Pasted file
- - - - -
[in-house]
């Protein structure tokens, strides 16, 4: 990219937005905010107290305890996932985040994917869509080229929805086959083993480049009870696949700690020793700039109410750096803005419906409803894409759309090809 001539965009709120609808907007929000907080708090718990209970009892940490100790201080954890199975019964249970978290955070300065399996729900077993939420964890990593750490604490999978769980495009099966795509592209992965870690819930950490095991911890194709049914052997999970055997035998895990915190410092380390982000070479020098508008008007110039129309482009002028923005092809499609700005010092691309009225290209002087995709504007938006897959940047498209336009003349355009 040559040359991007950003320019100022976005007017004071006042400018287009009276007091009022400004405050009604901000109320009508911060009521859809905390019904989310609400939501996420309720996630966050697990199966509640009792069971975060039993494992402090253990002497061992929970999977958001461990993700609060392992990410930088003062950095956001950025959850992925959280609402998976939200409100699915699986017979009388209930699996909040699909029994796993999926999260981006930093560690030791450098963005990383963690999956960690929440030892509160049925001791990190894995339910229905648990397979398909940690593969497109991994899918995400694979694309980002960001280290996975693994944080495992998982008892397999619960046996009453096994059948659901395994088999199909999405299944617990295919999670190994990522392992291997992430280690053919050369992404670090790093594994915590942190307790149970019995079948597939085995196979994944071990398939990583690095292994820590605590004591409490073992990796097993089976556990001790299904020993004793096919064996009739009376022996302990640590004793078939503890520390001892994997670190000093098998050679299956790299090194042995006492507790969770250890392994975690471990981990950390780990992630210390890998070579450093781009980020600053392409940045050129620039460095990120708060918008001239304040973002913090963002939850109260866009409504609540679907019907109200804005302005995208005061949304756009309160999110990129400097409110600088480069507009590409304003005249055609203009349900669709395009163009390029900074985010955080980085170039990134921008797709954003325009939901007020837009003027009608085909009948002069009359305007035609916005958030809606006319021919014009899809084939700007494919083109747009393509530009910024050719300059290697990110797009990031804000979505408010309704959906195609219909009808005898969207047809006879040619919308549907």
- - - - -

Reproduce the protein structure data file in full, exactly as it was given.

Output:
[in-house]
């Protein structure tokens, strides 16, 4: 990219937005905010107290305890996932985040994917869509080229929805086959083993480049009870696949700690020793700039109410750096803005419906409803894409759309090809 001539965009709120609808907007929000907080708090718990209970009892940490100790201080954890199975019964249970978290955070300065399996729900077993939420964890990593750490604490999978769980495009099966795509592209992965870690819930950490095991911890194709049914052997999970055997035998895990915190410092380390982000070479020098508008008007110039129309482009002028923005092809499609700005010092691309009225290209002087995709504007938006897959940047498209336009003349355009 040559040359991007950003320019100022976005007017004071006042400018287009009276007091009022400004405050009604901000109320009508911060009521859809905390019904989310609400939501996420309720996630966050697990199966509640009792069971975060039993494992402090253990002497061992929970999977958001461990993700609060392992990410930088003062950095956001950025959850992925959280609402998976939200409100699915699986017979009388209930699996909040699909029994796993999926999260981006930093560690030791450098963005990383963690999956960690929440030892509160049925001791990190894995339910229905648990397979398909940690593969497109991994899918995400694979694309980002960001280290996975693994944080495992998982008892397999619960046996009453096994059948659901395994088999199909999405299944617990295919999670190994990522392992291997992430280690053919050369992404670090790093594994915590942190307790149970019995079948597939085995196979994944071990398939990583690095292994820590605590004591409490073992990796097993089976556990001790299904020993004793096919064996009739009376022996302990640590004793078939503890520390001892994997670190000093098998050679299956790299090194042995006492507790969770250890392994975690471990981990950390780990992630210390890998070579450093781009980020600053392409940045050129620039460095990120708060918008001239304040973002913090963002939850109260866009409504609540679907019907109200804005302005995208005061949304756009309160999110990129400097409110600088480069507009590409304003005249055609203009349900669709395009163009390029900074985010955080980085170039990134921008797709954003325009939901007020837009003027009608085909009948002069009359305007035609916005958030809606006319021919014009899809084939700007494919083109747009393509530009910024050719300059290697990110797009990031804000979505408010309704959906195609219909009808005898969207047809006879040619919308549907």